You've written a proposal and started writing. You are immersed in the characters and the storyline of this new novel. You've gotten 30,000 words into it. But you've gotten 'no' from publishers your agent submitted to. Maybe there are a couple that have not replied back, but it's been months. Do you finish this book you love? Or do you dump it and try to come up with something else hoping to get a contract?
I'm currently writing an Edwardian era novel without a contract. I love this story and my hero and heroine. This is a new era for me. I've loved the research -- the clothes, culture, innovations, the changes from a more rural relaxed life to a more modern urban one. The first book in this series takes place in Chevy Chase, MD, a then budding suburb of Washington DC. The story will then move to a small village way out in the mountains of western Maryland near the Savage River. It is a lovestory between two people of opposite natures, upbringings, and lifestyles. It's also about the love and compassion for orphans, for a down syndrome child, for the elderly, and the poor.
I hear you. What publisher would not want to contract a book like that?
I can't abandon these characters that I've come to know so intimately. I've had readers ask me when the book is going to come out, that they are excited I'm writing a romance in this era. I tell them, 'no contract yet'. My heart is being poured into this story like no other. If you saw the main characters and the storyline, you'd know why. Often it has become my escape from the worrisome world around me. I'm drawn back to another place and time, and into the minds of two people who fall desperately in love with each other, and committed to the lot God hands them.
If I shelf it, I know I'll lose something in the process. This is a writer's life. The business side is something else altogether. It is about sales, money, profit. For the writer it is our life's blood, our hearts, the air we breath. We have to write, no matter what. We keep on writing, and for those of us who are believers we keep trusting the One who gave us the gift of writing.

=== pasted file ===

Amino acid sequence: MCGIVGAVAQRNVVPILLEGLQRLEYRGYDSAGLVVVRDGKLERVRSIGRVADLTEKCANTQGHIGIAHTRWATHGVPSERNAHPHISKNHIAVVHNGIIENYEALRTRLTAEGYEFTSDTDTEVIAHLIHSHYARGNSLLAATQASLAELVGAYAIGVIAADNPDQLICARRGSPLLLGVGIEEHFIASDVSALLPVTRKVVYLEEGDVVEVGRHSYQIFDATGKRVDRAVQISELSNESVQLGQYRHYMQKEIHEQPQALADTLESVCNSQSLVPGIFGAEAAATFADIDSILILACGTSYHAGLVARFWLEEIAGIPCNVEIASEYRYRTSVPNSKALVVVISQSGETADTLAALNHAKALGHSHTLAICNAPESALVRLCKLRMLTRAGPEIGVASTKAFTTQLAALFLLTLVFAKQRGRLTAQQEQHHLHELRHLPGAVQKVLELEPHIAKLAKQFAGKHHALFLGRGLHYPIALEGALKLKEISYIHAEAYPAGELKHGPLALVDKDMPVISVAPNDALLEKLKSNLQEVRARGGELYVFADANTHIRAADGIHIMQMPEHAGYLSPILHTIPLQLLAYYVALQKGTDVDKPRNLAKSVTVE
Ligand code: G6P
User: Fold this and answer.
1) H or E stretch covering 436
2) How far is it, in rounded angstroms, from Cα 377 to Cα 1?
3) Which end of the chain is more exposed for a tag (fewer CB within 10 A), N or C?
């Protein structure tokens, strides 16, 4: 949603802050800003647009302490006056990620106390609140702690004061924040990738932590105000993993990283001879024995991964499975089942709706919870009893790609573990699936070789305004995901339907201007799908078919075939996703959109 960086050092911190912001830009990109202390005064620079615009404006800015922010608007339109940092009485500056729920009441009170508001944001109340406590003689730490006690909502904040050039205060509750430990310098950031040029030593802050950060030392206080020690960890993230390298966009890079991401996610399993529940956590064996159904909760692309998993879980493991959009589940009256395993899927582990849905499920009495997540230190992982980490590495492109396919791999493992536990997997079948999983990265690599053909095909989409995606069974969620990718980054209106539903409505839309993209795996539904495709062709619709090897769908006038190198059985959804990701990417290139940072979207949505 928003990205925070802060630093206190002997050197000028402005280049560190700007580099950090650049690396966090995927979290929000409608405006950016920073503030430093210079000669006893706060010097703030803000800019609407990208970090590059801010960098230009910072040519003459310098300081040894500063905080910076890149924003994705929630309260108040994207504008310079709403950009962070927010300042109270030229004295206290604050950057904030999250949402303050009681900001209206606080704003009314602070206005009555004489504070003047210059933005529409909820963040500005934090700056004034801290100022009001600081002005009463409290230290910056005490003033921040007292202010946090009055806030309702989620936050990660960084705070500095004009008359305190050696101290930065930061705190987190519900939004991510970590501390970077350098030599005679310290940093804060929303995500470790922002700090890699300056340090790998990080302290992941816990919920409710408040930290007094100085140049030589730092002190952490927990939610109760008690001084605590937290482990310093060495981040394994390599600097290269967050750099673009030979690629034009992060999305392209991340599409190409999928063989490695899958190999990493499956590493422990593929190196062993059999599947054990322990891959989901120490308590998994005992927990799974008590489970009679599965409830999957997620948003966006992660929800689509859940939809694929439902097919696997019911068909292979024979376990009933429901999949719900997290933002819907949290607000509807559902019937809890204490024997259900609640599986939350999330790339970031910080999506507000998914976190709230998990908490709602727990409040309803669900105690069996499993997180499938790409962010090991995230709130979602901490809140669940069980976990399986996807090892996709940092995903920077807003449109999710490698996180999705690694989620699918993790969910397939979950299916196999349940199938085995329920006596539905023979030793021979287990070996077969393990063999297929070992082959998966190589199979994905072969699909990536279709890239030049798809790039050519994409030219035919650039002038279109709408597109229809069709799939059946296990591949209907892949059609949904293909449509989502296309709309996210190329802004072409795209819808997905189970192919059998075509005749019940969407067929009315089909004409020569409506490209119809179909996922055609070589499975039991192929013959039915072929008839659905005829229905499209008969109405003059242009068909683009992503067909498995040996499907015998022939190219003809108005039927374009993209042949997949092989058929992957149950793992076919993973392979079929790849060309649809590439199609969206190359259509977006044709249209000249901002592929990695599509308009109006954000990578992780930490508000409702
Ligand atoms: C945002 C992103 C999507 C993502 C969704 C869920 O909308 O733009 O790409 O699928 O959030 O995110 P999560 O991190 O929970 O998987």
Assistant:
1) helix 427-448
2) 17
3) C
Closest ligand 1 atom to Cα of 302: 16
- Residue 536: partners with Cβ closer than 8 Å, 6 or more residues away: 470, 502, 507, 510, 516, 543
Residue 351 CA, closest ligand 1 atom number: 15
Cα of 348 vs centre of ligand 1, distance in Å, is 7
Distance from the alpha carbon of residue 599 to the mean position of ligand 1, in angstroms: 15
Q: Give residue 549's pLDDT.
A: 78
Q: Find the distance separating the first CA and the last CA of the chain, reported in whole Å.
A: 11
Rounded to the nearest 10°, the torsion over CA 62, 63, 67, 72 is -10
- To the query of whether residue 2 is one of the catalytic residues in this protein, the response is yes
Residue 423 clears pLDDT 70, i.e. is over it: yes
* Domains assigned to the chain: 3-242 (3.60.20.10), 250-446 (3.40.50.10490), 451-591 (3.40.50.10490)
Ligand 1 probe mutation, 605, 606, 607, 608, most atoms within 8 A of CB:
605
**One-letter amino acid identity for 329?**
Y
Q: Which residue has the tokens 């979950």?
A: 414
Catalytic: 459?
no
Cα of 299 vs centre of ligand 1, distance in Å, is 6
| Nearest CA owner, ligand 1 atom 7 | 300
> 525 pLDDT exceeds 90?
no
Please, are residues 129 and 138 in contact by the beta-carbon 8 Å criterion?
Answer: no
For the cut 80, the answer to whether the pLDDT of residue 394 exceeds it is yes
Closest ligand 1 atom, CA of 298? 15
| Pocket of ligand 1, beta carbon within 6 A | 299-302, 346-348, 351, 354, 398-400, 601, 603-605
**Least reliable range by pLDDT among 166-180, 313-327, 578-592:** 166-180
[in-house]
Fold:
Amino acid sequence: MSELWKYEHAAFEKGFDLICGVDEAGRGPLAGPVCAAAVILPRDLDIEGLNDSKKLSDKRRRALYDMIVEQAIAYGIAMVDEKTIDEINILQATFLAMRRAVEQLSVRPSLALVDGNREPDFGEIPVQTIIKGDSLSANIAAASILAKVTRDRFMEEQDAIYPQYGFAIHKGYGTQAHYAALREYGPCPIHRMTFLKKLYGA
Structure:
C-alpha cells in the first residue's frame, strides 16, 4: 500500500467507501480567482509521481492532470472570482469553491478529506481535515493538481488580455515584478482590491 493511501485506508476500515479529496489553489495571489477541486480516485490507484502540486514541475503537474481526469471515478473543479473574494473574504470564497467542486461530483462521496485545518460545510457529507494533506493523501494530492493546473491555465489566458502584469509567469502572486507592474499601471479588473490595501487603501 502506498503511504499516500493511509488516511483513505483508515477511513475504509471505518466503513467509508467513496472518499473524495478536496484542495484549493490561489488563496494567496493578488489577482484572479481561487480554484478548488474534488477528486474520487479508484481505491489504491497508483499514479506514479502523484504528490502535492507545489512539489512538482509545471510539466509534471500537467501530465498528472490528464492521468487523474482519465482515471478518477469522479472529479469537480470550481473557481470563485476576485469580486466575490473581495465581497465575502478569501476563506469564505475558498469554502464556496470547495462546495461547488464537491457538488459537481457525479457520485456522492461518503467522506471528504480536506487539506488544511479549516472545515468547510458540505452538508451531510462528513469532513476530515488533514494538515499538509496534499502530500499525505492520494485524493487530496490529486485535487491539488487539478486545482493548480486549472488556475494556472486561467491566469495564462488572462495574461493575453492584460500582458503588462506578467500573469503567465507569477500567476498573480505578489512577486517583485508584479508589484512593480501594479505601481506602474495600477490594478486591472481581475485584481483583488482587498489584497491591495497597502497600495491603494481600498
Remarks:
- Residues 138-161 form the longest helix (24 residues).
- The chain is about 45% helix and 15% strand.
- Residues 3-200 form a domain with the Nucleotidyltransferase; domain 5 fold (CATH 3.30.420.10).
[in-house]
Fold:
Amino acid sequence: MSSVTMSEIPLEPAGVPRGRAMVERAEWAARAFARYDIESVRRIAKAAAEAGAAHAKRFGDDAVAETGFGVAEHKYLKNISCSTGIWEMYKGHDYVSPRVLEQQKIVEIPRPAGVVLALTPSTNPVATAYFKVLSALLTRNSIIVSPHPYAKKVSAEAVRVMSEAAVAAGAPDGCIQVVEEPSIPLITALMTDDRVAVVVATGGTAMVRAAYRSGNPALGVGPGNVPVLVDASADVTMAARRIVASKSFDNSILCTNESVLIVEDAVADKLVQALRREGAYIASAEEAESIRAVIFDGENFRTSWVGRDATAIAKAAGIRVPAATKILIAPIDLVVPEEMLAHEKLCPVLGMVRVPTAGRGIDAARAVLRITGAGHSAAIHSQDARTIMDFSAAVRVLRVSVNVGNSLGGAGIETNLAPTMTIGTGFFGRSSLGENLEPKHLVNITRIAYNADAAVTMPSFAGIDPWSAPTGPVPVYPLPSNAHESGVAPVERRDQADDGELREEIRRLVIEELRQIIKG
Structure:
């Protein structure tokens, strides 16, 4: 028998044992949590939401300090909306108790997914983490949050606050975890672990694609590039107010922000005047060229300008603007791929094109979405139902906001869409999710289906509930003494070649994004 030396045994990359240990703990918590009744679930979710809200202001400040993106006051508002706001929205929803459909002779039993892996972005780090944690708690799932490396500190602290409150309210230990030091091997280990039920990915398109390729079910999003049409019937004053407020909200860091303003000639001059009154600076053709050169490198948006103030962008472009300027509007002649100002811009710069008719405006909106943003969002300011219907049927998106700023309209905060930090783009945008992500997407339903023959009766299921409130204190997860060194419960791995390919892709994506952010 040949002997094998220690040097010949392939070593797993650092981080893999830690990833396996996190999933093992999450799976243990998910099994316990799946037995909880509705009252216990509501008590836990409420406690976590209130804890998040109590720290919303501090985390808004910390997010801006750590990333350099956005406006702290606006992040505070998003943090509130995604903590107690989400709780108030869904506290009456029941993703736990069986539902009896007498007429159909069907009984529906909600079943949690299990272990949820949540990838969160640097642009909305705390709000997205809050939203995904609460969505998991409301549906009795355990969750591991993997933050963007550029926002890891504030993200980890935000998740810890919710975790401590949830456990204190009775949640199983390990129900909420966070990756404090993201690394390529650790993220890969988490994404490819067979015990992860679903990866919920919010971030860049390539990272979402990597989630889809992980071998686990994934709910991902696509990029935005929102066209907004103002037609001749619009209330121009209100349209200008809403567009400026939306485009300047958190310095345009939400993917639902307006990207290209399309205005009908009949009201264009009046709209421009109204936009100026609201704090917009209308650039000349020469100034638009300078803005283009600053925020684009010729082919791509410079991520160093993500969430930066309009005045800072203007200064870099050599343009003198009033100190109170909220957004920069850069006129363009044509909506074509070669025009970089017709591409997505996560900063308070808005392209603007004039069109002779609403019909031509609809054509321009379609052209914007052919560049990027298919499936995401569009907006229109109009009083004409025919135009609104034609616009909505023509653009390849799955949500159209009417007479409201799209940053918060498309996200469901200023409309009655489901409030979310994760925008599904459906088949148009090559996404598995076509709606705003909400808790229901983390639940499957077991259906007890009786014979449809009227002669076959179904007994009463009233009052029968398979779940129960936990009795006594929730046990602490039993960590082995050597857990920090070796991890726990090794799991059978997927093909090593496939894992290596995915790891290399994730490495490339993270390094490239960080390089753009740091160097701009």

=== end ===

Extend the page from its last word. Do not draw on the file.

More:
I'm trusting God on this project, even though I've gotten rejections. He will place it where it needs to be. I've been told I'm one of the hardest working authors in the Christian industry, that I'm easy to work with, and meticulous. Yes, I agree I am those things. And I'm patient. In God's good time this book, this series will be written and be in my readers' hands.
Writers have to be diligent in their work and patient in order to keep going. We face rejection and disappointment, that our writing has to be the thing that holds us up, that and faith. In the midst of all this there is great joy. Joy in a story unfolding that never was before. Joy in sharing it with others. Joy hearing from someone who read the story how it changed their lives. The sweetest thing I ever read in a review was a woman said after she finished reading Before the Scarlet Dawn, she went into her little girls and hugged them while they slept, being thankful to have them.
So, author. What do you do in a situation like this? You've gotten rejections. Do you finish this book you love? Or do you dump it and try to come up with something else hoping to get a contract? You finish it! You keep believing one day that book will find a place. It could be a diamond in the rough that later, maybe years later, you bring out and polish to a high sheen. Just don't give in or give up.
Saturday, December 1, 2012